Do you like shaping your community, lengthy debates about development, and being grilled for quotes by local reporters?
Then community boards could be for you — and the Borough President is now accepting applications for new and returning members.
You don’t get paid, but you do get to make recommendations about things that affect your neighborhood, such as new bars, bike lanes, parks, schools, buildings, and landmarks.
Sometimes there is drama! Sometimes there are snacks.
Brooklyn is carved up into 18 community districts (which you can view here), each with a 50-member board. They hold general meetings one evening a month plus smaller subcommittee meetings on topics such as land-use, liquor licenses, the environment, and transportation.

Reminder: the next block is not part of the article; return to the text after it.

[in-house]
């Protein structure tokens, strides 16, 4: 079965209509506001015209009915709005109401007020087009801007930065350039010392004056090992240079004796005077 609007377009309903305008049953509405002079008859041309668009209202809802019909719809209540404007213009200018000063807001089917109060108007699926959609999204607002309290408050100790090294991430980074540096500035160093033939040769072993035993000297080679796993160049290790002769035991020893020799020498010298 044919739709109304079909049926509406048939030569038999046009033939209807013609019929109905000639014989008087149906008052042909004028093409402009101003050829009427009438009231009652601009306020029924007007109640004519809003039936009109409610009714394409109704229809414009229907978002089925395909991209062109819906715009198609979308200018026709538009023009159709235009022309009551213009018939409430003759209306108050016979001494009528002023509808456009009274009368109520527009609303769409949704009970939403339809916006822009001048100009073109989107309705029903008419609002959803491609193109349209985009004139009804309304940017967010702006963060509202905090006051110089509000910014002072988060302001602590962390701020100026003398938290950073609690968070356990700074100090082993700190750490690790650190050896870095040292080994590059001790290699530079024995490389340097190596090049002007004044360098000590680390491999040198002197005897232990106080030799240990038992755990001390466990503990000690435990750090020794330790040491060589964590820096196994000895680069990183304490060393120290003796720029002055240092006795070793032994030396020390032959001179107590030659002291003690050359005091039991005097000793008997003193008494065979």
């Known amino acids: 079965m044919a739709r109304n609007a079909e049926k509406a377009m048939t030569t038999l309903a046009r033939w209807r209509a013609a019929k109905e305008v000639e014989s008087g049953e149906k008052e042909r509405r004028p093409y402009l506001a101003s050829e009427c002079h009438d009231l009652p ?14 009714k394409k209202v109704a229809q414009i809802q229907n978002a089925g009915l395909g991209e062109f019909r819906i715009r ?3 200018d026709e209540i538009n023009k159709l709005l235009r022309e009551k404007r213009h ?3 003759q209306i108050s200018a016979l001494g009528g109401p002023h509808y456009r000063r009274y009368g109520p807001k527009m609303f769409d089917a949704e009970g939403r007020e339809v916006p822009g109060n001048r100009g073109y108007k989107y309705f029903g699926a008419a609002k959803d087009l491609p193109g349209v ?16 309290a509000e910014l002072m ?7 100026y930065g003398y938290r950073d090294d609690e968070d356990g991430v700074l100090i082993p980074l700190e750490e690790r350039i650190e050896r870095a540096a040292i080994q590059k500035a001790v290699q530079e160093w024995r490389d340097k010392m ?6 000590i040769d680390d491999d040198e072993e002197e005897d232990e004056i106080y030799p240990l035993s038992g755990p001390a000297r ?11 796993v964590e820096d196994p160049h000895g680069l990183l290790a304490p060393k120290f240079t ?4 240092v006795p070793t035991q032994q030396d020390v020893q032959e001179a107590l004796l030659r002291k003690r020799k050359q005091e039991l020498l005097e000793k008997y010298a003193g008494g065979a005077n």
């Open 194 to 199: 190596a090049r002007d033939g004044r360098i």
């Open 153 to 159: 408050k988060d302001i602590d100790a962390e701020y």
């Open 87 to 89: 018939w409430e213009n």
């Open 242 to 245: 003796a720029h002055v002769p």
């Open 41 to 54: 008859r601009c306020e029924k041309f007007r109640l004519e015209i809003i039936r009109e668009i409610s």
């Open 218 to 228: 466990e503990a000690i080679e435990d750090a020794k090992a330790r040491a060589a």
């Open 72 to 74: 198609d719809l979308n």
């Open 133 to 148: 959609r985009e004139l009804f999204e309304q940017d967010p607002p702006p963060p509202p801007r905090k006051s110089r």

You don’t have to live in a district to sit on its local board — area workers and people with other interests in the area can also apply.
You don’t even have to be a citizen (although you may or may not have to sit through the Pledge of Allegiance) — just a legal resident.
What’s more, you don’t even have to be an adult — people as young as 16 can apply. City Comptroller Scott Stringer was a community board member as a teen, and just look at him now!
Those selected in this round of applications will serve two-year terms starting April 1.
Apply online at www.brook